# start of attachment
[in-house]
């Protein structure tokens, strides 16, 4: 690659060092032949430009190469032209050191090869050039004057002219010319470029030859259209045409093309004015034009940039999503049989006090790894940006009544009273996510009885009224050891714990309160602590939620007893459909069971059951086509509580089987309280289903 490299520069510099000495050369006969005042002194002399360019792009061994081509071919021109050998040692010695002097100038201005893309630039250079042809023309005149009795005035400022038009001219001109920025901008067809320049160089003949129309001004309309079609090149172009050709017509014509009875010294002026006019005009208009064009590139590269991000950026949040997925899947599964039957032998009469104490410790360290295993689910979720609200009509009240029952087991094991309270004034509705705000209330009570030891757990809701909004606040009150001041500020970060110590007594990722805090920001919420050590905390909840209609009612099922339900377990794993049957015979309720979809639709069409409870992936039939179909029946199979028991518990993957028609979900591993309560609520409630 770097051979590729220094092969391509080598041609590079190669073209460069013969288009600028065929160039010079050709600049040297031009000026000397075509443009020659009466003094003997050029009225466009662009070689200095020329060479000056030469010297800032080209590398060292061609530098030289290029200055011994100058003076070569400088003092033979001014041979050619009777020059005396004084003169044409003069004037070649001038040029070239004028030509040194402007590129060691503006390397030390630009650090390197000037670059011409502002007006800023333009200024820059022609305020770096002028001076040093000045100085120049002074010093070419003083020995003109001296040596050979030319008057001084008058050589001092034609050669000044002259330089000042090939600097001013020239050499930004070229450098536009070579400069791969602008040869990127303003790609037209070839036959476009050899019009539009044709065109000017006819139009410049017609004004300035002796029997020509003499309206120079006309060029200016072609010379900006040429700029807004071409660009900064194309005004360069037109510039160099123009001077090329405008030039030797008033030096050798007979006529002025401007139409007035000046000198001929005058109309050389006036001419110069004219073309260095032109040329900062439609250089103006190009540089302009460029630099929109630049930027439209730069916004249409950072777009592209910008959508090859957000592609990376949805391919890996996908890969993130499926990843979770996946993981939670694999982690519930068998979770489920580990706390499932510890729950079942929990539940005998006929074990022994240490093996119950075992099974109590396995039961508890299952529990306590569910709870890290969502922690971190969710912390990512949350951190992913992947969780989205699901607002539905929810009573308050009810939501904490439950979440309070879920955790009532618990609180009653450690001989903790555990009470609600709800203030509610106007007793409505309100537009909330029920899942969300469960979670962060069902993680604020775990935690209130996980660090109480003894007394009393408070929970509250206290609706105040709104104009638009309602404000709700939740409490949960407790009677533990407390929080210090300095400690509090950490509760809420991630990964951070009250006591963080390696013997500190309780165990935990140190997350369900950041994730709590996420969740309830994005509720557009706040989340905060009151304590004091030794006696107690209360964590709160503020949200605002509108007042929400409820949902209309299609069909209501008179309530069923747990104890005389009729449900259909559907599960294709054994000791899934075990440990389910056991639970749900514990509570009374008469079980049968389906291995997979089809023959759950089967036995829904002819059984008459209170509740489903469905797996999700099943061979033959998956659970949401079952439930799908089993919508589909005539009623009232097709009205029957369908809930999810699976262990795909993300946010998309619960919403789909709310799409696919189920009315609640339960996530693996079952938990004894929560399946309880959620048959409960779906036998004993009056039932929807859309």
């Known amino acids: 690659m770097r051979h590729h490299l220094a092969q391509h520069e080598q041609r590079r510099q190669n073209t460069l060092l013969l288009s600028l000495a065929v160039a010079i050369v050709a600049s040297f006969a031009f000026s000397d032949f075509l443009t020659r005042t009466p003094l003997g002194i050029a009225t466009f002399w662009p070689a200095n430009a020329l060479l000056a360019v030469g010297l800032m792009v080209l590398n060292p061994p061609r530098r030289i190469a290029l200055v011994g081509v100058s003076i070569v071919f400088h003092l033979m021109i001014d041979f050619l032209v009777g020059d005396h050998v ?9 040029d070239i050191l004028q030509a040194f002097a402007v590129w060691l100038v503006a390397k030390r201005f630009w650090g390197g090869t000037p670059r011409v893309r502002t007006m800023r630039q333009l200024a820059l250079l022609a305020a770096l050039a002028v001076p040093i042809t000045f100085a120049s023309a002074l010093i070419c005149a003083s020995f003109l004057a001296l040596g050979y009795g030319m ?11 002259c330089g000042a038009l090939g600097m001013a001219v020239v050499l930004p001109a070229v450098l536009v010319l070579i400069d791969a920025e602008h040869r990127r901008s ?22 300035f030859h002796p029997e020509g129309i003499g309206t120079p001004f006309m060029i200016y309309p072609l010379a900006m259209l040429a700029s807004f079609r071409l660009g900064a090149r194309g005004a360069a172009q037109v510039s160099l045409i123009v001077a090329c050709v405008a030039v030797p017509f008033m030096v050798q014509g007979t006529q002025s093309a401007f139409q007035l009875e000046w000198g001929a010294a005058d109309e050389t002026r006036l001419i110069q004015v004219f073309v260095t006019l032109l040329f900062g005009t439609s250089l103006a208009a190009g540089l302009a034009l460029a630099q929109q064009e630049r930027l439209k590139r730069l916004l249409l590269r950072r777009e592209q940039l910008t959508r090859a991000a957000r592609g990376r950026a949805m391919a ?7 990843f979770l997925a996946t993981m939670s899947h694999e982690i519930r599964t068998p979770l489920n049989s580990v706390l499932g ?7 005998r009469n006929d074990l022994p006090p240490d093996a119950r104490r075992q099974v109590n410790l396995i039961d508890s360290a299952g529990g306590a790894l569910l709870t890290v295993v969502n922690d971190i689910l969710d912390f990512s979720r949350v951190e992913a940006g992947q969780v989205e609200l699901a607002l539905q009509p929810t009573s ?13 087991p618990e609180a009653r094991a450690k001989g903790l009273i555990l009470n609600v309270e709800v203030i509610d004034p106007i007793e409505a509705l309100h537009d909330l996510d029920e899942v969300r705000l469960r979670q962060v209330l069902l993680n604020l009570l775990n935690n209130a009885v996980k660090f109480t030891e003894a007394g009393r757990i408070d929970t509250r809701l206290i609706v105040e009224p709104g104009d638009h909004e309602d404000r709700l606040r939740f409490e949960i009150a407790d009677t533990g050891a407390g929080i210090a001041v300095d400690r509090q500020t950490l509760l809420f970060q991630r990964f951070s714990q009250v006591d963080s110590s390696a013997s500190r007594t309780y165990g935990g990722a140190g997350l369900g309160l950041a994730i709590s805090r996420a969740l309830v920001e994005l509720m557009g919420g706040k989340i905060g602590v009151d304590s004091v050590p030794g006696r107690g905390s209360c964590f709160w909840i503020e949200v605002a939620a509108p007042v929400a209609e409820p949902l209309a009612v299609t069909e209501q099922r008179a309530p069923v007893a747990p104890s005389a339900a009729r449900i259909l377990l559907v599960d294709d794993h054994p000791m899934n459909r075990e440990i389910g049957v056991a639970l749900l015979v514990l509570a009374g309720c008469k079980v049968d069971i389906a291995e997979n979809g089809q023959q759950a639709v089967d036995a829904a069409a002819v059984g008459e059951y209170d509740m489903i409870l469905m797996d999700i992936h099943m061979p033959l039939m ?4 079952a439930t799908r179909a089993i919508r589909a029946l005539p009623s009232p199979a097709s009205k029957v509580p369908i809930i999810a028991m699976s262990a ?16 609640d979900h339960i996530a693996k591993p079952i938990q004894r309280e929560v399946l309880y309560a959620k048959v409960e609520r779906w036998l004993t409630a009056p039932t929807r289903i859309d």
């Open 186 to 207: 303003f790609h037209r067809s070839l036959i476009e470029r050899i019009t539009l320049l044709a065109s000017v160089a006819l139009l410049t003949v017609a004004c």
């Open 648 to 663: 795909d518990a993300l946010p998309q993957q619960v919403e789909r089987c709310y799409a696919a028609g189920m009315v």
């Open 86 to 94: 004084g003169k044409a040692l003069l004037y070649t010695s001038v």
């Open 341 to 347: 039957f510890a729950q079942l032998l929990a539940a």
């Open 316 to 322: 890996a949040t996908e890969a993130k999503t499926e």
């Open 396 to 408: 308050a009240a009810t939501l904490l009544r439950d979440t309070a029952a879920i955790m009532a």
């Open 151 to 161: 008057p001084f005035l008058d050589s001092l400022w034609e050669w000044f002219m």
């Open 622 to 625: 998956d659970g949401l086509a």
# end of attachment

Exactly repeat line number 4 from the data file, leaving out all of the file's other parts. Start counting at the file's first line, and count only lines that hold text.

């Open 186 to 207: 303003f790609h037209r067809s070839l036959i476009e470029r050899i019009t539009l320049l044709a065109s000017v160089a006819l139009l410049t003949v017609a004004c």